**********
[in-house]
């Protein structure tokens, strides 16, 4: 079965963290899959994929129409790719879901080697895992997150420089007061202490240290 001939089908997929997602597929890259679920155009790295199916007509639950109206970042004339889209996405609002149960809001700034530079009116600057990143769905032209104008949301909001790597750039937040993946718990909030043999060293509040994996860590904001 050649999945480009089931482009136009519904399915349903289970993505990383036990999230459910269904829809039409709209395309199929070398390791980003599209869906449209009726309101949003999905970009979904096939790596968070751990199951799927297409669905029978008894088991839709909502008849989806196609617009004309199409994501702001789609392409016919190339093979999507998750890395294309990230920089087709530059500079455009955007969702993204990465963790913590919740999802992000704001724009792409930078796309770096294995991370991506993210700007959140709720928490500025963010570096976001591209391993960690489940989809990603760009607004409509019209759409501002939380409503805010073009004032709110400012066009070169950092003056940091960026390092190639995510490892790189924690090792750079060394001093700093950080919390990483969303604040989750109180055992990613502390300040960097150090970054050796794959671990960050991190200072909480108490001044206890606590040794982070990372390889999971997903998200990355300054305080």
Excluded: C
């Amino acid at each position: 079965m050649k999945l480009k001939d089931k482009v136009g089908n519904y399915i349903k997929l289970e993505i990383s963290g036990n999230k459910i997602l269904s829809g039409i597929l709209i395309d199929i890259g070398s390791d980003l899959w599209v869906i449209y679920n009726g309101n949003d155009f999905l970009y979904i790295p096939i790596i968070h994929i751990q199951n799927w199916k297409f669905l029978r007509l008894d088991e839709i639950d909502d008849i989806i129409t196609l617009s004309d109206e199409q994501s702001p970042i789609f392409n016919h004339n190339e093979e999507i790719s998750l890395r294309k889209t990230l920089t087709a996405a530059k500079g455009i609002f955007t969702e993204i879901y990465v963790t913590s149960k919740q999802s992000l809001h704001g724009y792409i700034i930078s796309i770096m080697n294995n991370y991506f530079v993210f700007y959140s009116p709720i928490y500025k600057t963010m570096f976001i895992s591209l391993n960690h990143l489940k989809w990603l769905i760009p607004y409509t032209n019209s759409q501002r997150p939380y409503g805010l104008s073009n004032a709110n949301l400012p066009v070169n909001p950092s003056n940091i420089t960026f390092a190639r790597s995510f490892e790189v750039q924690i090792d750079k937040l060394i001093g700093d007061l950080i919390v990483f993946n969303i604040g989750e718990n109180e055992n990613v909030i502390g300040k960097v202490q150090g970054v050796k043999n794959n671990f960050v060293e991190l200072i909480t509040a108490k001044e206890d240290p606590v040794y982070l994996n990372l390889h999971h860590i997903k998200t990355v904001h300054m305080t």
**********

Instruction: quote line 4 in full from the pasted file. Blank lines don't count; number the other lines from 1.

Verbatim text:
């Amino acid at each position: 079965m050649k999945l480009k001939d089931k482009v136009g089908n519904y399915i349903k997929l289970e993505i990383s963290g036990n999230k459910i997602l269904s829809g039409i597929l709209i395309d199929i890259g070398s390791d980003l899959w599209v869906i449209y679920n009726g309101n949003d155009f999905l970009y979904i790295p096939i790596i968070h994929i751990q199951n799927w199916k297409f669905l029978r007509l008894d088991e839709i639950d909502d008849i989806i129409t196609l617009s004309d109206e199409q994501s702001p970042i789609f392409n016919h004339n190339e093979e999507i790719s998750l890395r294309k889209t990230l920089t087709a996405a530059k500079g455009i609002f955007t969702e993204i879901y990465v963790t913590s149960k919740q999802s992000l809001h704001g724009y792409i700034i930078s796309i770096m080697n294995n991370y991506f530079v993210f700007y959140s009116p709720i928490y500025k600057t963010m570096f976001i895992s591209l391993n960690h990143l489940k989809w990603l769905i760009p607004y409509t032209n019209s759409q501002r997150p939380y409503g805010l104008s073009n004032a709110n949301l400012p066009v070169n909001p950092s003056n940091i420089t960026f390092a190639r790597s995510f490892e790189v750039q924690i090792d750079k937040l060394i001093g700093d007061l950080i919390v990483f993946n969303i604040g989750e718990n109180e055992n990613v909030i502390g300040k960097v202490q150090g970054v050796k043999n794959n671990f960050v060293e991190l200072i909480t509040a108490k001044e206890d240290p606590v040794y982070l994996n990372l390889h999971h860590i997903k998200t990355v904001h300054m305080t």